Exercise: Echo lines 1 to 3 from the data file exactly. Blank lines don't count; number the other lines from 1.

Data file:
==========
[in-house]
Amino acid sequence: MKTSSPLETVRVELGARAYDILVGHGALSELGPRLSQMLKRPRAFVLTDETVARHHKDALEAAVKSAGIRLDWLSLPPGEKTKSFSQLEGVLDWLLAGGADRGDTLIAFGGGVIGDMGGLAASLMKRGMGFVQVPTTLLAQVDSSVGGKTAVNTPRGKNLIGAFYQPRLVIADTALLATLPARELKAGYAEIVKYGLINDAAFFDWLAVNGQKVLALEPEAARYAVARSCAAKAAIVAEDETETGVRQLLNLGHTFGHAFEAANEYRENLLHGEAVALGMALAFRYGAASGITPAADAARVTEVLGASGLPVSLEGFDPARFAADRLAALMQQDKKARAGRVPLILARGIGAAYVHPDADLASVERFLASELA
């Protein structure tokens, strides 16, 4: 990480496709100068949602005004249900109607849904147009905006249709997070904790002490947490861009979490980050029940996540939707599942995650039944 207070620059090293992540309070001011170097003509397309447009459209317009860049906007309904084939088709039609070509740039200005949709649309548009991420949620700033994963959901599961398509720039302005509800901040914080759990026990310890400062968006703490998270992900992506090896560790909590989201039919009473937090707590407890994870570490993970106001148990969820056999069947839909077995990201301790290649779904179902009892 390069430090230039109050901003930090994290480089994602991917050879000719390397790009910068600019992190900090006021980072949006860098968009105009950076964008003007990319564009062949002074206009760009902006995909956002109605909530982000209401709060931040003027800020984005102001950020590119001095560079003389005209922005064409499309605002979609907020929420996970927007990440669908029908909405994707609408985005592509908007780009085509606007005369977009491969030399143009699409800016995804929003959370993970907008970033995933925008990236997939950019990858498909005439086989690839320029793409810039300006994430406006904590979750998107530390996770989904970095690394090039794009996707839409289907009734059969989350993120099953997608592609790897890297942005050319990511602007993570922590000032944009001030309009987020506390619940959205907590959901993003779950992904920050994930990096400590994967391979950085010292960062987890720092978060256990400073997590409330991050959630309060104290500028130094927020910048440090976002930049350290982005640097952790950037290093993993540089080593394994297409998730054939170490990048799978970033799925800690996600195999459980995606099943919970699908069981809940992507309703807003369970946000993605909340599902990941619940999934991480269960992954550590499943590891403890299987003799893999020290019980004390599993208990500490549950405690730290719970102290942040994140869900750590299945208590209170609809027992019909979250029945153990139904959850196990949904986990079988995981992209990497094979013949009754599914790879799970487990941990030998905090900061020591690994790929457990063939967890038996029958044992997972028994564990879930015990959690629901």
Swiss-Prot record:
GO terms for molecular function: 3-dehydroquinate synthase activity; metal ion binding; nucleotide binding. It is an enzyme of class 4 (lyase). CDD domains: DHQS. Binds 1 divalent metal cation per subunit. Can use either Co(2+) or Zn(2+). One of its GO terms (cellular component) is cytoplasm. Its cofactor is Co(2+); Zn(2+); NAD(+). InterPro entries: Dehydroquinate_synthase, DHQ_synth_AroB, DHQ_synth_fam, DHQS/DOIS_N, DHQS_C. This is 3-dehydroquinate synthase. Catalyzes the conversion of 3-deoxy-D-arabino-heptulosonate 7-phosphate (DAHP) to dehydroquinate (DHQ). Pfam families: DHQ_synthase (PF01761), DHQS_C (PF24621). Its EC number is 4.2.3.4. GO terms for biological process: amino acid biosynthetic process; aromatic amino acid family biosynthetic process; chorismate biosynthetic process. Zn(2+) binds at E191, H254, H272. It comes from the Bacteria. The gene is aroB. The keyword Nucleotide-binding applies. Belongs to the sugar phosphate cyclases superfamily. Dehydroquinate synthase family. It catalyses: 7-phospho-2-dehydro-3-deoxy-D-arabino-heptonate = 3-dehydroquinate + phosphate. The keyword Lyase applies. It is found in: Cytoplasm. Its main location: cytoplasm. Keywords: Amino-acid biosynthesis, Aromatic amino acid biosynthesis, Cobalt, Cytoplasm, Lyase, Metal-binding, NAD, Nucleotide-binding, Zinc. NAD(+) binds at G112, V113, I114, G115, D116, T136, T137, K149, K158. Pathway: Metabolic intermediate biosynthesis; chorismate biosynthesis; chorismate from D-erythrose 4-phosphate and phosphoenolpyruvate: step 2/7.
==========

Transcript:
[in-house]
Amino acid sequence: MKTSSPLETVRVELGARAYDILVGHGALSELGPRLSQMLKRPRAFVLTDETVARHHKDALEAAVKSAGIRLDWLSLPPGEKTKSFSQLEGVLDWLLAGGADRGDTLIAFGGGVIGDMGGLAASLMKRGMGFVQVPTTLLAQVDSSVGGKTAVNTPRGKNLIGAFYQPRLVIADTALLATLPARELKAGYAEIVKYGLINDAAFFDWLAVNGQKVLALEPEAARYAVARSCAAKAAIVAEDETETGVRQLLNLGHTFGHAFEAANEYRENLLHGEAVALGMALAFRYGAASGITPAADAARVTEVLGASGLPVSLEGFDPARFAADRLAALMQQDKKARAGRVPLILARGIGAAYVHPDADLASVERFLASELA
């Protein structure tokens, strides 16, 4: 990480496709100068949602005004249900109607849904147009905006249709997070904790002490947490861009979490980050029940996540939707599942995650039944 207070620059090293992540309070001011170097003509397309447009459209317009860049906007309904084939088709039609070509740039200005949709649309548009991420949620700033994963959901599961398509720039302005509800901040914080759990026990310890400062968006703490998270992900992506090896560790909590989201039919009473937090707590407890994870570490993970106001148990969820056999069947839909077995990201301790290649779904179902009892 390069430090230039109050901003930090994290480089994602991917050879000719390397790009910068600019992190900090006021980072949006860098968009105009950076964008003007990319564009062949002074206009760009902006995909956002109605909530982000209401709060931040003027800020984005102001950020590119001095560079003389005209922005064409499309605002979609907020929420996970927007990440669908029908909405994707609408985005592509908007780009085509606007005369977009491969030399143009699409800016995804929003959370993970907008970033995933925008990236997939950019990858498909005439086989690839320029793409810039300006994430406006904590979750998107530390996770989904970095690394090039794009996707839409289907009734059969989350993120099953997608592609790897890297942005050319990511602007993570922590000032944009001030309009987020506390619940959205907590959901993003779950992904920050994930990096400590994967391979950085010292960062987890720092978060256990400073997590409330991050959630309060104290500028130094927020910048440090976002930049350290982005640097952790950037290093993993540089080593394994297409998730054939170490990048799978970033799925800690996600195999459980995606099943919970699908069981809940992507309703807003369970946000993605909340599902990941619940999934991480269960992954550590499943590891403890299987003799893999020290019980004390599993208990500490549950405690730290719970102290942040994140869900750590299945208590209170609809027992019909979250029945153990139904959850196990949904986990079988995981992209990497094979013949009754599914790879799970487990941990030998905090900061020591690994790929457990063939967890038996029958044992997972028994564990879930015990959690629901």